These holistic ways of being present in your body unite clear critical thinking, heart centered non-judgment, and higher intuitive understanding. This creates the space for healthy judgment. This frees you from the fear of being considered as judgmental. And, it frees you from that child-like, naive state in which all thinking and all opinions are suspect.

It is a relief to realize that there is a balanced state of consciousness in which critical thinking, higher intuition, and heart-centered love can all co-exist in harmony. You are an intelligent, loving, conscious being, and you can create a space for other people to express these qualities as well. This is heaven on earth.

Many Blessings,

Joel Bruce Wallach

Founder, Cosmic Living – spiritual instruction – tele-classes and home-study mp3’s

2 Responses to Is critical thinking OK — or am I just being judgmental?

  1. mahasathi says:

    Nice explanation of a beautiful state of consciousness. I did experience briefly for a week or two that very harmonious state of perception, it happened when I moved from one country to another, I always have interesting experiences in those times when my consciousness is shifting to adapt to the new place .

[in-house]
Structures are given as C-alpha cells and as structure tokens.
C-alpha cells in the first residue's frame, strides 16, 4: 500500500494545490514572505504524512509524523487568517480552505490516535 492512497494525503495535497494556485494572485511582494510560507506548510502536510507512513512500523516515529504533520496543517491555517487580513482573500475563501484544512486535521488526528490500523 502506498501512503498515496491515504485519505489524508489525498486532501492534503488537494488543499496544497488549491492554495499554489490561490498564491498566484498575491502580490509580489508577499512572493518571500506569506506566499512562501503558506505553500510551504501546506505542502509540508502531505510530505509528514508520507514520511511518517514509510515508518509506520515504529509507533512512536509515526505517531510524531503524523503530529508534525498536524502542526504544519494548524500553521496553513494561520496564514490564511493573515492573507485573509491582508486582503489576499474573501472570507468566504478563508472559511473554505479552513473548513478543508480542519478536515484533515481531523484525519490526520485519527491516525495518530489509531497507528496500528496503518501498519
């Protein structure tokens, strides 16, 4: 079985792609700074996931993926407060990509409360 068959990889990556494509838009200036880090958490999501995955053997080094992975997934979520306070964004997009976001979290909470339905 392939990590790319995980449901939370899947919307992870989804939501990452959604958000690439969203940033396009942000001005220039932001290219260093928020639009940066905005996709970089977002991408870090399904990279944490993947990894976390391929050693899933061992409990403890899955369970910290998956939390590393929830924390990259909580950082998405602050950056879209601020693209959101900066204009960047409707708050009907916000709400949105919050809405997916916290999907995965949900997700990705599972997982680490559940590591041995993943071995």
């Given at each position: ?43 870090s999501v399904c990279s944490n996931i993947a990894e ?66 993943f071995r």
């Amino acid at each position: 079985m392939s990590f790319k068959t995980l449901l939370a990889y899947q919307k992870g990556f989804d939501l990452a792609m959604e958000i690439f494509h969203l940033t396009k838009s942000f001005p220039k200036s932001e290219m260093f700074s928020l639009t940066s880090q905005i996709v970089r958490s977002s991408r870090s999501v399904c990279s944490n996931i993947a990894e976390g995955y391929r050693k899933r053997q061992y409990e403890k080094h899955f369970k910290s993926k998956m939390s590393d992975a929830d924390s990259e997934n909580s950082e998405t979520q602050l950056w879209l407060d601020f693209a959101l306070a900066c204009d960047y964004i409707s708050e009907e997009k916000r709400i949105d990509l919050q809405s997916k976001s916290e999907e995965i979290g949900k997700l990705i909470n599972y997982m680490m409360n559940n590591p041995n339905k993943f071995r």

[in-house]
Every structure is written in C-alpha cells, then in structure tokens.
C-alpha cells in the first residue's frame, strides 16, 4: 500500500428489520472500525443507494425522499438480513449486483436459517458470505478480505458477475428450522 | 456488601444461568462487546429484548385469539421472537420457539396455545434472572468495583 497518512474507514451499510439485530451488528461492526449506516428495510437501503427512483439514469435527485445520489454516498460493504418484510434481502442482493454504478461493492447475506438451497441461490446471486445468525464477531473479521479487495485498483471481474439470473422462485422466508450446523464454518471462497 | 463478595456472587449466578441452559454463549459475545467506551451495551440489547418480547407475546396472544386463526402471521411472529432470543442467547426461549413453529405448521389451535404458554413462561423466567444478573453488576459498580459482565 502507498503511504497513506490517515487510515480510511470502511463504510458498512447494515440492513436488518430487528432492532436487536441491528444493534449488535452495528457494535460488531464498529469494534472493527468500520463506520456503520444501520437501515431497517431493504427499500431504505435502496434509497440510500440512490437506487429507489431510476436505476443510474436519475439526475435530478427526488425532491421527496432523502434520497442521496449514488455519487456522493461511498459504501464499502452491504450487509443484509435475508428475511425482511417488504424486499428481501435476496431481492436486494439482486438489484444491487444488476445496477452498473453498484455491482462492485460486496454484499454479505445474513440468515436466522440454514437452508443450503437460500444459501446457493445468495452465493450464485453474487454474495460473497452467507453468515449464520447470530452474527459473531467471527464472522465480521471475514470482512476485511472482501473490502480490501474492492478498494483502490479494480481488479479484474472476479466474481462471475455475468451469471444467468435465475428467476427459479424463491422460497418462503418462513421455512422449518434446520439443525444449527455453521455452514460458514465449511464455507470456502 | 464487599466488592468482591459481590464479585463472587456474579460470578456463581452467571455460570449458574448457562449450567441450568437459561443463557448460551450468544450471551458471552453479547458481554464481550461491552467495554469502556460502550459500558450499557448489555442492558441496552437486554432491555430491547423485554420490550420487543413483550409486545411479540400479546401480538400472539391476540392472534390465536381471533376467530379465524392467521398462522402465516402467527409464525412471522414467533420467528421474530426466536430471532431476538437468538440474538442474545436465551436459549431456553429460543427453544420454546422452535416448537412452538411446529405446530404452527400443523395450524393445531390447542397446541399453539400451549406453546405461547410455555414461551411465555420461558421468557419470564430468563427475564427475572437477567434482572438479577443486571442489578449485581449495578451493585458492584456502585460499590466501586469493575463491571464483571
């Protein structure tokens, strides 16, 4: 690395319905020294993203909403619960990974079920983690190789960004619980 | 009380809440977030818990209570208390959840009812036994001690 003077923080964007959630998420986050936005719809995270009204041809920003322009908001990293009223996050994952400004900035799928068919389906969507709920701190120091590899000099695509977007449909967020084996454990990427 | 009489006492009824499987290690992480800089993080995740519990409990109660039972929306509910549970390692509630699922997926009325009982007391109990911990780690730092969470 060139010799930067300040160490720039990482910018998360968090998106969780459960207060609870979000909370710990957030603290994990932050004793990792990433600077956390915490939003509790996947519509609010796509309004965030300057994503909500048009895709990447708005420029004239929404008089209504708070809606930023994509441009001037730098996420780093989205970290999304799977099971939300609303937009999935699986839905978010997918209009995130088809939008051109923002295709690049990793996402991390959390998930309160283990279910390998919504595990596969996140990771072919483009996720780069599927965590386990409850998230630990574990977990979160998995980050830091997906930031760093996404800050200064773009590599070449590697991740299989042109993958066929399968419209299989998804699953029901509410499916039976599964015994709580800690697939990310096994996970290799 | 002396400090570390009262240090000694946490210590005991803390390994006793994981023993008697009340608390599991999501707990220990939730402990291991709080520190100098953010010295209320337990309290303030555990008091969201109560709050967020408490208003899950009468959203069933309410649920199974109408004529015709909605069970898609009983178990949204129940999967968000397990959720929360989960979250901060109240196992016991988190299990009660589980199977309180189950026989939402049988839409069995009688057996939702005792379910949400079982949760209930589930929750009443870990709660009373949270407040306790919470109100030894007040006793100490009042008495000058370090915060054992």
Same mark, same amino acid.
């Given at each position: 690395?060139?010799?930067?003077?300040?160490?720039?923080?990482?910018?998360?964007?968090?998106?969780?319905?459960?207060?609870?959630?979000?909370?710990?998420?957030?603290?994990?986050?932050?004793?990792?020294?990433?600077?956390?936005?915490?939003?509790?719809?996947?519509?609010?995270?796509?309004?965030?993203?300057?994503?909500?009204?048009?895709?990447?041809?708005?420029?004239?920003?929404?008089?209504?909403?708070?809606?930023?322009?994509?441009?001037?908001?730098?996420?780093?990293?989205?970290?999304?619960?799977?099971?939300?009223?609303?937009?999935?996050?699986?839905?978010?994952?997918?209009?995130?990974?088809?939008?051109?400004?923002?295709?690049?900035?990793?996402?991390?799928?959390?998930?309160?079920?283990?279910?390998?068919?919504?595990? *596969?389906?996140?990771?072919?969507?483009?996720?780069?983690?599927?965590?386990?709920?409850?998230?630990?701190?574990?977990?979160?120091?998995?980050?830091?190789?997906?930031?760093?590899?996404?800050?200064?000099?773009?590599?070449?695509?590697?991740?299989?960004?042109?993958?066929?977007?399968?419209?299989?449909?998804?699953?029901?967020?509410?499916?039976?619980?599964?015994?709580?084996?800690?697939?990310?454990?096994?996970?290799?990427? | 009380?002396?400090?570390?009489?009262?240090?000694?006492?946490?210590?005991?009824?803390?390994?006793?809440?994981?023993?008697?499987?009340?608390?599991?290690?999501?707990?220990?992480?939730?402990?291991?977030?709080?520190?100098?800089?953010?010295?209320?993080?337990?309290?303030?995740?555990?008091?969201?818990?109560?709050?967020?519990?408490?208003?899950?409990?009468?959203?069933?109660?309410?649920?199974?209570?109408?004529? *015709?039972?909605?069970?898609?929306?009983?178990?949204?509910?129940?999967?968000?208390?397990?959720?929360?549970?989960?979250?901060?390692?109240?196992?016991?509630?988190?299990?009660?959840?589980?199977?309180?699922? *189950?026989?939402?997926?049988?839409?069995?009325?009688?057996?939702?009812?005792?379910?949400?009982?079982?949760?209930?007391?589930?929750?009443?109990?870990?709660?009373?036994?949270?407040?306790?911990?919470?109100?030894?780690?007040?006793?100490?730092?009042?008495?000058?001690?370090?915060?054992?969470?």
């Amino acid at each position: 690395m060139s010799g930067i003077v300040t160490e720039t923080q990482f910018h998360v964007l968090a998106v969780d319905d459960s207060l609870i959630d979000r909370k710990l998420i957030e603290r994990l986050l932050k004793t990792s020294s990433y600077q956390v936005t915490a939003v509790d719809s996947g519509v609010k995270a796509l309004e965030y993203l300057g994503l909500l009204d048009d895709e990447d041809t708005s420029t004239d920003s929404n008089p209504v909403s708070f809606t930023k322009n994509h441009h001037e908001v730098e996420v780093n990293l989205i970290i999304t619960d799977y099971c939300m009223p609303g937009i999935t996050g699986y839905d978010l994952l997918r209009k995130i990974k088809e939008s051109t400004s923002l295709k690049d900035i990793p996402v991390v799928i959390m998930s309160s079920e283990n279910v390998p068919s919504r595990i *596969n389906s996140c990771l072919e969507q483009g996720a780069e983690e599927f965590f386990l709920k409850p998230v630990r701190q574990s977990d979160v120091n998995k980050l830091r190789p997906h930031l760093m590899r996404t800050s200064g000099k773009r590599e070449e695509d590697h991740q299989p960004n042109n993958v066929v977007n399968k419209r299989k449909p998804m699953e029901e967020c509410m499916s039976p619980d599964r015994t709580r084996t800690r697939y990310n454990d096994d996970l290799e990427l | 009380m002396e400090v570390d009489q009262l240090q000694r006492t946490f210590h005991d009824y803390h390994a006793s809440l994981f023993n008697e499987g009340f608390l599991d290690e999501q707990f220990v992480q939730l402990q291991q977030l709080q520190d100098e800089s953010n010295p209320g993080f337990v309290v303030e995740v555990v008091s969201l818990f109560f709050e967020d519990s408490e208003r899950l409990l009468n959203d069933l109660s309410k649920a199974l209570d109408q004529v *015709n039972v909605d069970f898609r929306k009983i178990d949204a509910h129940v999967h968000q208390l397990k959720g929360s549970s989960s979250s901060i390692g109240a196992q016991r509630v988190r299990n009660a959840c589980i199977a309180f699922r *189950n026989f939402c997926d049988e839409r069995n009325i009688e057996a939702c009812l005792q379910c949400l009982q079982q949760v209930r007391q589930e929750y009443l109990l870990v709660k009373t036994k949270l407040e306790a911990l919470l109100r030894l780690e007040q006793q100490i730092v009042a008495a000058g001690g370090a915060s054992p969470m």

I haven’t reached that state in my day to day life, I do have like most the critical thinking part well developed and growing and evolving through life experiences, and the heart-centered love is becoming stronger and easier to invoke, anytime i start seeing someone with negative judgements, I easily replace those wrong feelings with true love and compassion , but the higher intuitive understanding, the thing that makes everything clear, and tells me when to open my mouth and when to keep it shut, seems to be harder to reach.

    • Mahasathi,

      Thank you for writing.

      A subtle aspect of this topic is that our negative assessments of someone’s beliefs are not necessarily judgmental assessments. We are capable of thinking, and it is appropriate to use our mind to reach conclusions; these conclusions will not always be in agreement with everyone else.

      The matter of concern is when we become emotionally judgmental about those people with whom we disagree.